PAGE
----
Nearly one year ago, we featured architectural designer Jisoo Han’s navigational costume The Situationist Device, a mind-boggling wearable contraption that allows you to see behind you while walking facing forward. The Situationist awed revealed Han’s strange and extraordinary understanding of the body, space, and his meticulous development of design, something he applies to .
Today, we delve in deeper into his work with a few words from the young designer on his fascinating thesis Spaces of Moving Bodies that envisions a large-scale structure based on the historic 1974 boxing event matching up heavyweight champions George Foreman and Muhammad Ali, “The Rumble in the Jungle.”
The Creators Project: Your thesis, Spaces of Moving Bodies, culminates into an architectural design proposal, a vortex structure for the The British Boxing Board of Control (BBBoC). What is the relation between this proposed structure and the BBBoc?
Jisoo Han: The British Boxing Board of Control, formerly National Sporting Club, oversees all procedures for British professional boxing. The primary function is the debating chamber where it houses disciplinary hearings, policy debates on rule changes, and disputes between different boxing organizations. The vortex structure proposes how one moves through the building, as well as creating spaces as it spirals up. Conceptually and programmatically, it’s all about the drama of two things interacting. How two surfaces interact forming spaces in between; how it meets, almost touching in some places or repels and rebounds to other direction. The surface, at ground level, simply defines a passage. From the first floor onwards, the structure twists and spirals forming a ramp up through the building, as well as merging into a round space for the debating chamber.
The structure becomes a spectacle and creates a sense of theatre – a situation similar to a law court. As one enters the building at the ground level, there is a cut, a glass floor, where one can see down to the boxing gym. Then, as one takes on a journey up through the ramp, the public gallery, one engages with the programmatic functions of the BBBoC. The scheme promotes boxing to members of the public by creating opportunities to engage with the boxing community.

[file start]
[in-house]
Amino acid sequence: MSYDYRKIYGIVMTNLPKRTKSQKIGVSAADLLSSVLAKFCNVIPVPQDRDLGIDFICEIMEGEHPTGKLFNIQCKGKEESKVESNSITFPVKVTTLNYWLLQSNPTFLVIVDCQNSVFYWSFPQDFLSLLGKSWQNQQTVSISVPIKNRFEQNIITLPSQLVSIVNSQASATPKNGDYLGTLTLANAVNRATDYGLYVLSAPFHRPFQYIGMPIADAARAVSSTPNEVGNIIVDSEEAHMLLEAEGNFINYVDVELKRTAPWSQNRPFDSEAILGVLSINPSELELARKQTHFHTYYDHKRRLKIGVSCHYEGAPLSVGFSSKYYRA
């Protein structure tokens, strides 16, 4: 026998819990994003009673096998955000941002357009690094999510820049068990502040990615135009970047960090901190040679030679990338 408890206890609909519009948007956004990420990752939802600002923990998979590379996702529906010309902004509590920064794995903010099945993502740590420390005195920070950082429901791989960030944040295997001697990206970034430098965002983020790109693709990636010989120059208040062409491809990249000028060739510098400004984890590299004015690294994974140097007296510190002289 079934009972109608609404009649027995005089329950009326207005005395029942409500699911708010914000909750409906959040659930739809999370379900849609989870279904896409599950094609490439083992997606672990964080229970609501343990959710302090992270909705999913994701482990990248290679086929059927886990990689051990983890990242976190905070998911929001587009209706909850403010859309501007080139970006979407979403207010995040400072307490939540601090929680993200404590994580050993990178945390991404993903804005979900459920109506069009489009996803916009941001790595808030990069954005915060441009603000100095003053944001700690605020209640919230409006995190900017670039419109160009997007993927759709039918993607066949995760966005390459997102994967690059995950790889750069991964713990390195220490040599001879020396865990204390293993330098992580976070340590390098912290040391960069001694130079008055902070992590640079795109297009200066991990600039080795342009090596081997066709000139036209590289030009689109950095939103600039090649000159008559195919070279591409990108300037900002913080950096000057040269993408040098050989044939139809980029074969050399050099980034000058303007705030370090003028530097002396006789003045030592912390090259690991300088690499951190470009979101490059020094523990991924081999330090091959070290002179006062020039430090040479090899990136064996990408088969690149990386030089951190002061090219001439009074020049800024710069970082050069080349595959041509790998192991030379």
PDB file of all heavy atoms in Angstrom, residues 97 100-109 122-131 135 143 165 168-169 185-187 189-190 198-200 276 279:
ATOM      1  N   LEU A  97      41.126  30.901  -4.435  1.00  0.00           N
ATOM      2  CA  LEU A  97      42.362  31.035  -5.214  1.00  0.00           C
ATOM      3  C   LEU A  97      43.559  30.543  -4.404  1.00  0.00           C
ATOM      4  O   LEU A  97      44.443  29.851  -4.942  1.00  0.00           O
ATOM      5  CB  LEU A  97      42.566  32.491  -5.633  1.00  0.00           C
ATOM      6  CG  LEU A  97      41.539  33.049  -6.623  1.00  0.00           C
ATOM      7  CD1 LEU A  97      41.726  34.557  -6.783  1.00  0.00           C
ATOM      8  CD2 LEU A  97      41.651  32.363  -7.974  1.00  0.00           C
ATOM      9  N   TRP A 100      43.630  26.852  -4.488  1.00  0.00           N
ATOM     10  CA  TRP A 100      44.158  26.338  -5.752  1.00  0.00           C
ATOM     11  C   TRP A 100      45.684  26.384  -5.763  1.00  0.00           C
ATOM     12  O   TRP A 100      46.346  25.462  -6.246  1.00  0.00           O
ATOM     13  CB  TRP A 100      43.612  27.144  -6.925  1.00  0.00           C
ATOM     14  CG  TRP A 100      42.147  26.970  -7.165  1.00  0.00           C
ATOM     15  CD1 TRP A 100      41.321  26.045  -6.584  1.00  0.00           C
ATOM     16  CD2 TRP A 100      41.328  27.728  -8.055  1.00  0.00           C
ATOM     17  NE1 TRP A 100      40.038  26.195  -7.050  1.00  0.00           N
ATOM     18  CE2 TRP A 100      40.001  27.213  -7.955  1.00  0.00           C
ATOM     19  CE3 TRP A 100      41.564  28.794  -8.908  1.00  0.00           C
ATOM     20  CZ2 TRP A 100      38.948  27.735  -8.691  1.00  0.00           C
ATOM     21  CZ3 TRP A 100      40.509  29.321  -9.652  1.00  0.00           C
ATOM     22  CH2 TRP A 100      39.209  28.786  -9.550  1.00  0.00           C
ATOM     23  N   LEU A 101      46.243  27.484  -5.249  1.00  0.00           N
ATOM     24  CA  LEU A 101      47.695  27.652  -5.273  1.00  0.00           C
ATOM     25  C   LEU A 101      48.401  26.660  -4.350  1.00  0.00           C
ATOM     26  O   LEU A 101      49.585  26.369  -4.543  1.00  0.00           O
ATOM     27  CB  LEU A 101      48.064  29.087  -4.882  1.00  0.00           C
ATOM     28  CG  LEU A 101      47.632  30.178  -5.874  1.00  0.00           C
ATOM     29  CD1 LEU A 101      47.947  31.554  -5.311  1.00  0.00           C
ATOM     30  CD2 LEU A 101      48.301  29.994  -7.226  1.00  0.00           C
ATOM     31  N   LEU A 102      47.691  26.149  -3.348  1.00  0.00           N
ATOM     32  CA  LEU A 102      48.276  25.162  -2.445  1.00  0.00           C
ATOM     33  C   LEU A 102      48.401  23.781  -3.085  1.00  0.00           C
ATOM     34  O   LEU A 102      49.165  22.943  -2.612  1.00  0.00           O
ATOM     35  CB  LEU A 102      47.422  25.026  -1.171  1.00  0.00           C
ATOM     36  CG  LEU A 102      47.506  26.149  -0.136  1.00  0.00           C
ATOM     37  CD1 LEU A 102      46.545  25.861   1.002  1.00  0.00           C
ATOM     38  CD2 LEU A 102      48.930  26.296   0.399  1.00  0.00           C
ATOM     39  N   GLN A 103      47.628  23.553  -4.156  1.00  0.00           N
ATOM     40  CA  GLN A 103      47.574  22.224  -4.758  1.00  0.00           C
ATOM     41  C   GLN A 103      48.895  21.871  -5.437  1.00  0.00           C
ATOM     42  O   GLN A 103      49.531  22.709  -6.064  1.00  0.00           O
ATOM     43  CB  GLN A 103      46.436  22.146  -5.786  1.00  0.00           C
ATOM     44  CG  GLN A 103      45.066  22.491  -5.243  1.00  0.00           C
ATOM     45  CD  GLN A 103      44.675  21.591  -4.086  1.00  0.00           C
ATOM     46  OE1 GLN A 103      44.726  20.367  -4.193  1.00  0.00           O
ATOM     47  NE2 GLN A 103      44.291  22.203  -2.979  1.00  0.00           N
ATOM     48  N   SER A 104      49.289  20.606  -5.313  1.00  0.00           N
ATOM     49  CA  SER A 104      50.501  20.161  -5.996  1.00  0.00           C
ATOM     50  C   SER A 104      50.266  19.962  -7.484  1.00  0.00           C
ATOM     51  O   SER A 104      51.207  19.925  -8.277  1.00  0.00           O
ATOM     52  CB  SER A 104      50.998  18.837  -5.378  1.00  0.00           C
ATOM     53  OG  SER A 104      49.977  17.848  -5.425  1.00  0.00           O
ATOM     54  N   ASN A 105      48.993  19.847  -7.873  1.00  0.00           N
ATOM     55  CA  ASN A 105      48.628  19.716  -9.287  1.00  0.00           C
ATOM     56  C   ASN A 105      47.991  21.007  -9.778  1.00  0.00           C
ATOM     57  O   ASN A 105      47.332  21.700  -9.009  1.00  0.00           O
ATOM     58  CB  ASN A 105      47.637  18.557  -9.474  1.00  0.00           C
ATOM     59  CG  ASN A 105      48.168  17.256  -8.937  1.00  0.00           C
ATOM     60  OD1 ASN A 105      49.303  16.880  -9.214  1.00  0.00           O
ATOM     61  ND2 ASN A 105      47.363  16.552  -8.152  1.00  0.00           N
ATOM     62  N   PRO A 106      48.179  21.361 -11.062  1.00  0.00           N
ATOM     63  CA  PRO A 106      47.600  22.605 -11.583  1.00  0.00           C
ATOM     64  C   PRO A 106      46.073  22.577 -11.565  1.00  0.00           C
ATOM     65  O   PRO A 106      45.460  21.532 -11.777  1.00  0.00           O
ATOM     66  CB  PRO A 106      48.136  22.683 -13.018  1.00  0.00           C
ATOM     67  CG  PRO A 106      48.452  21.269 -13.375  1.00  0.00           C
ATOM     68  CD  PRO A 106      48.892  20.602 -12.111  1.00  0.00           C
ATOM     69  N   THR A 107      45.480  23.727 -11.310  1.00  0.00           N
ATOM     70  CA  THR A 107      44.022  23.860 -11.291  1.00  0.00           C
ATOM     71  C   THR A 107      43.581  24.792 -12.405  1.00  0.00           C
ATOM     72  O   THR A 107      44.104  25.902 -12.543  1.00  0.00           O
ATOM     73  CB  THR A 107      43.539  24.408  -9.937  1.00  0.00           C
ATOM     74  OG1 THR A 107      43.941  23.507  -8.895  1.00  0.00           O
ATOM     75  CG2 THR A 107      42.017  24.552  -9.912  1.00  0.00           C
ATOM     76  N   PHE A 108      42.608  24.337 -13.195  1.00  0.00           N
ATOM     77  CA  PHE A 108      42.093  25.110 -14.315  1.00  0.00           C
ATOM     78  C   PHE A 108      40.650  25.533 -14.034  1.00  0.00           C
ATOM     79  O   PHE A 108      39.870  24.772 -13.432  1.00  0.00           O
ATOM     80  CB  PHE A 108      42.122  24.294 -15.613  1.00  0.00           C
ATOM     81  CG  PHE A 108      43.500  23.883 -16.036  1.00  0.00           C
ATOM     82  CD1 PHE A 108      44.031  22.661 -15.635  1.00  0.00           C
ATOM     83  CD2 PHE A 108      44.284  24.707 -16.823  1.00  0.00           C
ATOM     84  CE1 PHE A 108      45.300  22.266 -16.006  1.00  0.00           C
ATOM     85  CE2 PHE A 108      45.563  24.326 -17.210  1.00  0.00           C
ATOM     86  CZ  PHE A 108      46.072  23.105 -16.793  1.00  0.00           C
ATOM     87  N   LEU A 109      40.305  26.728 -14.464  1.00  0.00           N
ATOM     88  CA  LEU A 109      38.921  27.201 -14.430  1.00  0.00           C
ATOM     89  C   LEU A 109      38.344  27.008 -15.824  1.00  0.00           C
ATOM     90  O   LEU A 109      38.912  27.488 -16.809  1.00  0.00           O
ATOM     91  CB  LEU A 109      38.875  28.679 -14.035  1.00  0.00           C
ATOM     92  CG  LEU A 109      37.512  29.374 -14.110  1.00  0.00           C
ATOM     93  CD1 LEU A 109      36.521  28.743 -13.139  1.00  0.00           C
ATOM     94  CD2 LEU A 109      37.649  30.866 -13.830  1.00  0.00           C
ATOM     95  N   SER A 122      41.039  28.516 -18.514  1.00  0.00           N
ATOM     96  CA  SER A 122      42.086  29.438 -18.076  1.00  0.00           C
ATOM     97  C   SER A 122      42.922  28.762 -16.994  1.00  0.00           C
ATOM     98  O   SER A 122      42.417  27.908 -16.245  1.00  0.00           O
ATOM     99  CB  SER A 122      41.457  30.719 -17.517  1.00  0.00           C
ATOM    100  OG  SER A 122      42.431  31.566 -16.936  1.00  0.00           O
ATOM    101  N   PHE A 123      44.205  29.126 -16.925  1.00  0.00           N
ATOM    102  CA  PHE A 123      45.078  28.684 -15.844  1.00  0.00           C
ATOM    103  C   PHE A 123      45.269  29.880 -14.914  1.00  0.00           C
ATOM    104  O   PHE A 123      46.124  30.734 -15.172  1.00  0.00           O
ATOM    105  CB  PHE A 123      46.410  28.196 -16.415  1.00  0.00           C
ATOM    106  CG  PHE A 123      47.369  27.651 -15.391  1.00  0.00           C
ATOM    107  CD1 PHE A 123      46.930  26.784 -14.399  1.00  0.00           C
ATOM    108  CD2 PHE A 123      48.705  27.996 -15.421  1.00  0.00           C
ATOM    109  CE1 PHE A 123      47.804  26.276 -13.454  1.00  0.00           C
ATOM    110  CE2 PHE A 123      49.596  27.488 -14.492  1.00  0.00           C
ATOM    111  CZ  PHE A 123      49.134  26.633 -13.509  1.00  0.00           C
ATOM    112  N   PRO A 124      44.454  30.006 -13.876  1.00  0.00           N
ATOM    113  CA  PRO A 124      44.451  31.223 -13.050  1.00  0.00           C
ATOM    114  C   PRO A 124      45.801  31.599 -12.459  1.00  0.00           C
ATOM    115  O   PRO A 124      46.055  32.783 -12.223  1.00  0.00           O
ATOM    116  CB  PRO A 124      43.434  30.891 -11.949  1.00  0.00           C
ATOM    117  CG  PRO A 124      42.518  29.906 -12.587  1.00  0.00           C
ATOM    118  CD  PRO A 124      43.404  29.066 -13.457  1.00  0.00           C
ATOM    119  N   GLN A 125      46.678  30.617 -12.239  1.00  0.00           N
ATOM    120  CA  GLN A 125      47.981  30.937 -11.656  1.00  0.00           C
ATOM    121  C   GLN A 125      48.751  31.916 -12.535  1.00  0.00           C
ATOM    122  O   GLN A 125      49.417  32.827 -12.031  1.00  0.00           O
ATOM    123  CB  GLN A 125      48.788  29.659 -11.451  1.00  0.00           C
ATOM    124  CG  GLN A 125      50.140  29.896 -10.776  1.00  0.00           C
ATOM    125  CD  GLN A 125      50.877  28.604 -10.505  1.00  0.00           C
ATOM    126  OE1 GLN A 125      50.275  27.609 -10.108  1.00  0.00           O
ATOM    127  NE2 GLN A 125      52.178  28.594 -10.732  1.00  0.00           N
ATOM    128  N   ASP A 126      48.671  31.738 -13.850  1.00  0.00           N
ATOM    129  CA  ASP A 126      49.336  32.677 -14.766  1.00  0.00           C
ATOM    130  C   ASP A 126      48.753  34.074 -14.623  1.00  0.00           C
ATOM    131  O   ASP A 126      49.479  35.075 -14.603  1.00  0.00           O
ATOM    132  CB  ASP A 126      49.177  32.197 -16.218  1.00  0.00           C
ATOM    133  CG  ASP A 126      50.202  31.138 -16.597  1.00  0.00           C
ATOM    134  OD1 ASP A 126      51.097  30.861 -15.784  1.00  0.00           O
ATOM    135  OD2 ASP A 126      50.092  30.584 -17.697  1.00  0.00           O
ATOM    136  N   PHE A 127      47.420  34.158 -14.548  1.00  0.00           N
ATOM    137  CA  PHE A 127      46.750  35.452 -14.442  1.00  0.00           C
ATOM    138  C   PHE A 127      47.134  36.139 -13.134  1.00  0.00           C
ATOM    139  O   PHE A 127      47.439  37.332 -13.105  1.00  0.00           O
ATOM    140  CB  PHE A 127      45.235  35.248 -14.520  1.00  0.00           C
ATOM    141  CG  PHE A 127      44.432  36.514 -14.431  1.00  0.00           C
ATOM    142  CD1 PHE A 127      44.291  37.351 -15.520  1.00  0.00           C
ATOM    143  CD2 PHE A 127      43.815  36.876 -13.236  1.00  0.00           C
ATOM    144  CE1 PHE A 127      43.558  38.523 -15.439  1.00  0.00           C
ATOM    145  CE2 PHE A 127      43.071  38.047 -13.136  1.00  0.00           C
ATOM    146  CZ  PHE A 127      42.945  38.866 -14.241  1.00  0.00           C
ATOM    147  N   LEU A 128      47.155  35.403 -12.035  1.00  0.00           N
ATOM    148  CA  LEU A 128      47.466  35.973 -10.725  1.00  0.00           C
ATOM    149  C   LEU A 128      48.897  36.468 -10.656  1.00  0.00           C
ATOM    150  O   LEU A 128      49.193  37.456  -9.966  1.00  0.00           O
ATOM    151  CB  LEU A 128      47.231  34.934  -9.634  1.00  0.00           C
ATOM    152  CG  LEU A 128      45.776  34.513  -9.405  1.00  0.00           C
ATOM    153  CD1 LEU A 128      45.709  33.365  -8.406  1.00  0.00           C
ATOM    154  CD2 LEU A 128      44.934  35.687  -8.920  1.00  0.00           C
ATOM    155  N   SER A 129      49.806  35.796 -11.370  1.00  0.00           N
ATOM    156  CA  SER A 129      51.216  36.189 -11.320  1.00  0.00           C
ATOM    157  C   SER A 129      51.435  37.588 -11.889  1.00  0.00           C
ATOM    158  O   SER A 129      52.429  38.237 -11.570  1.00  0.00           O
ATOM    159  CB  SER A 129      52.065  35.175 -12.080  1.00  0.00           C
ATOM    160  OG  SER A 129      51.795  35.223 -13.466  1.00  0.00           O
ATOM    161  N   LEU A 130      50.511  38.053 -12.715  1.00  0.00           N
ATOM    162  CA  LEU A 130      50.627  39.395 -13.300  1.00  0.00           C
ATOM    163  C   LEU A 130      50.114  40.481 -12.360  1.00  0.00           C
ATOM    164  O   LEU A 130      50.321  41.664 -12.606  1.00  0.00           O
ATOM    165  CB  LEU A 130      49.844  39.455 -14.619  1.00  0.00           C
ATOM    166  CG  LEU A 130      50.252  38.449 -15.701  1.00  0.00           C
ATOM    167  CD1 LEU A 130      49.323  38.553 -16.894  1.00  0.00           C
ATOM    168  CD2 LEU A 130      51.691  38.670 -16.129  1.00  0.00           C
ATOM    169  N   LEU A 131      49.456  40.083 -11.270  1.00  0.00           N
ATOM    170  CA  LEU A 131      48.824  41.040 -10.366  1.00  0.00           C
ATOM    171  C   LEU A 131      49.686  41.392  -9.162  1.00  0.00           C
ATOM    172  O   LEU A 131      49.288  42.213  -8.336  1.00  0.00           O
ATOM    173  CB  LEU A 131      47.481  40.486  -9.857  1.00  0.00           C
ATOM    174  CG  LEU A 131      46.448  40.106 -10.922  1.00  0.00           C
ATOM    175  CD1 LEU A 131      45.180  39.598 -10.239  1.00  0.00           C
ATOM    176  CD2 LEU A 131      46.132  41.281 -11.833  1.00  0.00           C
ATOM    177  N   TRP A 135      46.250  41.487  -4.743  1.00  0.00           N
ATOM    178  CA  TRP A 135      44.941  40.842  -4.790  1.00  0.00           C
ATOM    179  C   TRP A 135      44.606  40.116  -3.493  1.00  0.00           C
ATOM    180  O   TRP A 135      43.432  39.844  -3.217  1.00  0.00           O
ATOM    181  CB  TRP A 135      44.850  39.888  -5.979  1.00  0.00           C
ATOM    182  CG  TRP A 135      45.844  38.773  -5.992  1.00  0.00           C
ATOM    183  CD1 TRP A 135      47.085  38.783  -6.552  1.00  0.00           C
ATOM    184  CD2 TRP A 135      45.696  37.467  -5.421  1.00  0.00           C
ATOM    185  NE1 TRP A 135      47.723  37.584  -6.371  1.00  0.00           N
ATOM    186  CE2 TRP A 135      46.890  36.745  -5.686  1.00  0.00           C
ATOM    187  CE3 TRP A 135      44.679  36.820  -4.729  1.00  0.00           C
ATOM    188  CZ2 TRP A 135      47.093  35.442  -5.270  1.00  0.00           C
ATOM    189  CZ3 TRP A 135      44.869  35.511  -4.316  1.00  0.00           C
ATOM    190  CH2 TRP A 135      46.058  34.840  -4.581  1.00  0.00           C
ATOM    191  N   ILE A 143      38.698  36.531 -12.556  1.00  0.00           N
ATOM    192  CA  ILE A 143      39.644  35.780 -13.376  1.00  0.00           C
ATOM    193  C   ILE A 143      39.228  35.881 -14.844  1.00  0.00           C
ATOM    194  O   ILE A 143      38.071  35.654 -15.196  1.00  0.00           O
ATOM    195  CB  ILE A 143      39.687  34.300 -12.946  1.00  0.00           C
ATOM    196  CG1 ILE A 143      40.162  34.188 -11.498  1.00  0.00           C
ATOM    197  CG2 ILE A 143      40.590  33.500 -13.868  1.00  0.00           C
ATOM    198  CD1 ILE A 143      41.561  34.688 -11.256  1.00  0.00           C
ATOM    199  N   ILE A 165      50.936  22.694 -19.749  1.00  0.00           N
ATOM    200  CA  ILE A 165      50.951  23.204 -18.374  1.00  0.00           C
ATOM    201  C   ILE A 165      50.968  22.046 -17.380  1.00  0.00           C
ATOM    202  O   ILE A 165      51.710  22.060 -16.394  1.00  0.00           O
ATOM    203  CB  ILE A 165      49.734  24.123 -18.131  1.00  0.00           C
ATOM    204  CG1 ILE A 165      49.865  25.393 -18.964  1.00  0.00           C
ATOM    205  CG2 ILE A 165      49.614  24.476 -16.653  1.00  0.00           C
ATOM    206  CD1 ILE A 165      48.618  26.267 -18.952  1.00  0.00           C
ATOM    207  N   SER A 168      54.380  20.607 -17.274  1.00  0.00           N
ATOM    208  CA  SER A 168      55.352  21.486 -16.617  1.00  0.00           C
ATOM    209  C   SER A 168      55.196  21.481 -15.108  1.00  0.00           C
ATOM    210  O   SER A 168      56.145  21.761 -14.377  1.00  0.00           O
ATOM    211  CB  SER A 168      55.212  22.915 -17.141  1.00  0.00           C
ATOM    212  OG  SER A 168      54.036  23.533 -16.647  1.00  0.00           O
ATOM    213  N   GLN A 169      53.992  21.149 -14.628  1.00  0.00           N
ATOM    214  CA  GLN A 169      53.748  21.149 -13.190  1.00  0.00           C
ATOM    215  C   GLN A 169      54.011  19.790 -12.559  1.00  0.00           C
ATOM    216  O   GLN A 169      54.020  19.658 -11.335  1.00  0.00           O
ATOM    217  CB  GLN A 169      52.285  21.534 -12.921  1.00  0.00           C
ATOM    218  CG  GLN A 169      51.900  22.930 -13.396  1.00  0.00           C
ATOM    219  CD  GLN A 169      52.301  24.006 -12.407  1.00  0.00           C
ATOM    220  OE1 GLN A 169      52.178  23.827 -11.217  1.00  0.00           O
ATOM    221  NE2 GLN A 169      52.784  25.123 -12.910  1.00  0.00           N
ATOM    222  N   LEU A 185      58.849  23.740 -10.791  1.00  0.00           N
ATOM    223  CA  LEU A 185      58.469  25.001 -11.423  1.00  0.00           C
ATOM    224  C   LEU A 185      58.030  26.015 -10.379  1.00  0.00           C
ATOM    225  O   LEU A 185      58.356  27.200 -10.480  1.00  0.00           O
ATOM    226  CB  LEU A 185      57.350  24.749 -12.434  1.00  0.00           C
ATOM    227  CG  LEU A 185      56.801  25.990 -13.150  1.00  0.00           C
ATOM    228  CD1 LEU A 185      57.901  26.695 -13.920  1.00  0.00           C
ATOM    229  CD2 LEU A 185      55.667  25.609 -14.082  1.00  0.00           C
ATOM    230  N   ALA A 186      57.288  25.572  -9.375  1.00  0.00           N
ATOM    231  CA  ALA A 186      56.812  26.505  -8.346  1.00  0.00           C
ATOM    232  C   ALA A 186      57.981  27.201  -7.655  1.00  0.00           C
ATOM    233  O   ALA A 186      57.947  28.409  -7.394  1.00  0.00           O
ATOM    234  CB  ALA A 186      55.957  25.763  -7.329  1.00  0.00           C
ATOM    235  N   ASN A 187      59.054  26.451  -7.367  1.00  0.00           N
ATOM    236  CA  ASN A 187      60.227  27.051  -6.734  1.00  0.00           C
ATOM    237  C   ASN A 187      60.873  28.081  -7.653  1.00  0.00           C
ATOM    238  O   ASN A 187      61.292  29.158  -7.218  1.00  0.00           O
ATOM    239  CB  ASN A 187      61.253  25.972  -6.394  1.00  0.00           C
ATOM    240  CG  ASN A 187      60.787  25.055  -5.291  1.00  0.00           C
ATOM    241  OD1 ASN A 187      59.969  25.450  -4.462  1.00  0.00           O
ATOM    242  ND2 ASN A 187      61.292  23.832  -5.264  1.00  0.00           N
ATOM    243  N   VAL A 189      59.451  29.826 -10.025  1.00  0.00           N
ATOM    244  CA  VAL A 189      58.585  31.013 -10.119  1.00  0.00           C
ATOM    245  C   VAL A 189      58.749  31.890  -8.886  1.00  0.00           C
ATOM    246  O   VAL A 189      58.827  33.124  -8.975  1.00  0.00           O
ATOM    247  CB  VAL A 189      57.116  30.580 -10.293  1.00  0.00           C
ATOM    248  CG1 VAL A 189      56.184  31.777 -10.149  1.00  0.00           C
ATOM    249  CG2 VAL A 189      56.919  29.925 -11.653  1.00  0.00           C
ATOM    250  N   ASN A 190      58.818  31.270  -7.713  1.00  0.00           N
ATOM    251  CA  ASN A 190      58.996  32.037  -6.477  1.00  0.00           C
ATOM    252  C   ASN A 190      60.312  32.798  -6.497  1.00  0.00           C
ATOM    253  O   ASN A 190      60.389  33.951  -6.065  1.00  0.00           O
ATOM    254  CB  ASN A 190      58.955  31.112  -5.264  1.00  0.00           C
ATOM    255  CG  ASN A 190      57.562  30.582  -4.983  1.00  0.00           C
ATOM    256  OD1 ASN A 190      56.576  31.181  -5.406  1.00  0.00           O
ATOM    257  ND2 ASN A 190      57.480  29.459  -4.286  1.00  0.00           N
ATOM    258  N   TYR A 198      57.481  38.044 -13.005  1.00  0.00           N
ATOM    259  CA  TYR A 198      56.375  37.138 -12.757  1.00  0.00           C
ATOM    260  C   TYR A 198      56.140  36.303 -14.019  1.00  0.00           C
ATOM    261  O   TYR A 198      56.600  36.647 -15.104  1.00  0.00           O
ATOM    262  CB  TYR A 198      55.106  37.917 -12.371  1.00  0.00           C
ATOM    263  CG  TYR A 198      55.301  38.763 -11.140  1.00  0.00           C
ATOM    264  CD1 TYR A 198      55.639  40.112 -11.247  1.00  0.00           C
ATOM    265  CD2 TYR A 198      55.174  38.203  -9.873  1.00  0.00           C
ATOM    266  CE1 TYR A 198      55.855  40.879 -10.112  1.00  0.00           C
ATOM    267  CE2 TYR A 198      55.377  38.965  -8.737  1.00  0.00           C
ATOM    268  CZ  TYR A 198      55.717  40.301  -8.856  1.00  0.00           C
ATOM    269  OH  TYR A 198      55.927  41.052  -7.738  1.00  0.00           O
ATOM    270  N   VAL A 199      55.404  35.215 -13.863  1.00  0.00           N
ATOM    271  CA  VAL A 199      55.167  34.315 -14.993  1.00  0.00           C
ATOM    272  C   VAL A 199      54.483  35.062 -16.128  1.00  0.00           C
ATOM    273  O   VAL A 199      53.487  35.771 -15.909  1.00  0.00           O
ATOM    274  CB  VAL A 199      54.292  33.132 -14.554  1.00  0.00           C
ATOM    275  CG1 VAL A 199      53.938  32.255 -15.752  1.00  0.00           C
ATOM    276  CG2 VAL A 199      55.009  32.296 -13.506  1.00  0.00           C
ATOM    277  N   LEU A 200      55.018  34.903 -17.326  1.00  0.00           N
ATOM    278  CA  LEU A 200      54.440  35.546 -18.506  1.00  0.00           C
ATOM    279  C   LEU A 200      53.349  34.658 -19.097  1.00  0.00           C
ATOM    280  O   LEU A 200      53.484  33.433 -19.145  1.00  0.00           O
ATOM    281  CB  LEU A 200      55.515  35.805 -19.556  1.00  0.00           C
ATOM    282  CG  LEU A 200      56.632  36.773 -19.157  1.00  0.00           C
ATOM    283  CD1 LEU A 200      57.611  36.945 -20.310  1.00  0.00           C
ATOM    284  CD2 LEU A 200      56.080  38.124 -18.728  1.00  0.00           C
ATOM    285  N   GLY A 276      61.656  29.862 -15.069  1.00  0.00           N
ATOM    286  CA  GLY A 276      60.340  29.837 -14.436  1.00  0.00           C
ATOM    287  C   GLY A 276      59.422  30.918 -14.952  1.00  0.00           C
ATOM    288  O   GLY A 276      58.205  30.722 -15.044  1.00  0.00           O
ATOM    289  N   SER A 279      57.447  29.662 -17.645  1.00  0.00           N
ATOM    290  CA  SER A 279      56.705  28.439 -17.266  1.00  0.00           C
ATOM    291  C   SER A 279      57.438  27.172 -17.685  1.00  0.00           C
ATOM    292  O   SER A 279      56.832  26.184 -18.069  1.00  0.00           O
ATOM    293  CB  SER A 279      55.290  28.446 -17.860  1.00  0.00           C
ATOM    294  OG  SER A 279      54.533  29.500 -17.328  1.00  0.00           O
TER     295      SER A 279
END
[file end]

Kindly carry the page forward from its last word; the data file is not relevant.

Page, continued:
You chose to work with an existing building. How did you go about choosing your site?
In regard to the site, I was inspired to work with an existing house in Covent Garden for its historical significance. In 1891, the house hosted the National Sporting Club to promote professional integrity in sport. They were responsible for transforming and promoting boxing as a proper sport, as well as introducing the Queensbury rules to boxing, which still stand today.
Situated within 18th century classical architecture, the proposal deliberately contrasts with the formality of the existing. It is a radical design that makes a cylindrical cut through the building. Through the insertion of new vortex structure, it provides a spectacle which becomes the main space, and the spaces around it become background spaces for all the secondary functions for the BBBoC, such as all the office spaces—conference rooms, meeting rooms, members’ tea room, and boardroom.
And the design of this structure is actually based on the 1974 George Foreman and Muhammad Ali match. What made you choose boxing for your subject of analysis and can you break down this process?
From watching countless boxing matches—I’ve watched the “Rumble In The Jungle” so many times, I could probably recreate the fight! Those were fun times!
On a more serious note, I started by investigating boxing as a way to explore the reciprocal relationship of two human bodies interacting. The second part of my thesis, Movement-space: Inter-activity, is a series of analytical studies on Spaces of Moving Bodies. It engages with the idea of adaptive bodily behavior in a given context, how it mutates in response to the external forces that allow reaction and action to occur spontaneously. The project seeks to understand the qualitative dimensions that the bodies unfold through its production of spaces and in its intersection with other spaces.